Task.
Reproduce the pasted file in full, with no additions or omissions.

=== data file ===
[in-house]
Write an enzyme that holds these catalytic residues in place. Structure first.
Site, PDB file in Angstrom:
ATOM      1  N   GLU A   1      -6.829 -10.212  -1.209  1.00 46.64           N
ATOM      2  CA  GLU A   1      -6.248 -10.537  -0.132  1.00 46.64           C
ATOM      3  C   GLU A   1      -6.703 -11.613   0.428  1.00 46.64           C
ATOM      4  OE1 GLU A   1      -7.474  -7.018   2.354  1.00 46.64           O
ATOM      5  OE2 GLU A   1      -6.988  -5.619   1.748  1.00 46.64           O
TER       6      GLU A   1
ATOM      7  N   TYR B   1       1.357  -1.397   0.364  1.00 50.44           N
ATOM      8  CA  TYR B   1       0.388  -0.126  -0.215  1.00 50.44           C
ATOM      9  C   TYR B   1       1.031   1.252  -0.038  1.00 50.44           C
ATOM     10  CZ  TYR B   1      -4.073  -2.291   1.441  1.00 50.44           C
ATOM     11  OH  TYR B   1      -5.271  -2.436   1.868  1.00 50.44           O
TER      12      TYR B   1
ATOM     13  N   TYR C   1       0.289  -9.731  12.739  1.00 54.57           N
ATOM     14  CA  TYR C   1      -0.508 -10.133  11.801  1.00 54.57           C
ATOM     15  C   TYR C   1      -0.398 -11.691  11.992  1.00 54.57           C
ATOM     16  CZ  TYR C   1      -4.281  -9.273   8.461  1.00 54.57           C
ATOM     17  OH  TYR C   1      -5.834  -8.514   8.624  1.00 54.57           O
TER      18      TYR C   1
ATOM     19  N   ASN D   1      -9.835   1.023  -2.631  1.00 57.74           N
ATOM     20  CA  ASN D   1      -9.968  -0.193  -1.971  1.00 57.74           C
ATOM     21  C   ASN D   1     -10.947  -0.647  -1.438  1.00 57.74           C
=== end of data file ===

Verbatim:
[in-house]
Write an enzyme that holds these catalytic residues in place. Structure first.
Site, PDB file in Angstrom:
ATOM      1  N   GLU A   1      -6.829 -10.212  -1.209  1.00 46.64           N
ATOM      2  CA  GLU A   1      -6.248 -10.537  -0.132  1.00 46.64           C
ATOM      3  C   GLU A   1      -6.703 -11.613   0.428  1.00 46.64           C
ATOM      4  OE1 GLU A   1      -7.474  -7.018   2.354  1.00 46.64           O
ATOM      5  OE2 GLU A   1      -6.988  -5.619   1.748  1.00 46.64           O
TER       6      GLU A   1
ATOM      7  N   TYR B   1       1.357  -1.397   0.364  1.00 50.44           N
ATOM      8  CA  TYR B   1       0.388  -0.126  -0.215  1.00 50.44           C
ATOM      9  C   TYR B   1       1.031   1.252  -0.038  1.00 50.44           C
ATOM     10  CZ  TYR B   1      -4.073  -2.291   1.441  1.00 50.44           C
ATOM     11  OH  TYR B   1      -5.271  -2.436   1.868  1.00 50.44           O
TER      12      TYR B   1
ATOM     13  N   TYR C   1       0.289  -9.731  12.739  1.00 54.57           N
ATOM     14  CA  TYR C   1      -0.508 -10.133  11.801  1.00 54.57           C
ATOM     15  C   TYR C   1      -0.398 -11.691  11.992  1.00 54.57           C
ATOM     16  CZ  TYR C   1      -4.281  -9.273   8.461  1.00 54.57           C
ATOM     17  OH  TYR C   1      -5.834  -8.514   8.624  1.00 54.57           O
TER      18      TYR C   1
ATOM     19  N   ASN D   1      -9.835   1.023  -2.631  1.00 57.74           N
ATOM     20  CA  ASN D   1      -9.968  -0.193  -1.971  1.00 57.74           C
ATOM     21  C   ASN D   1     -10.947  -0.647  -1.438  1.00 57.74           C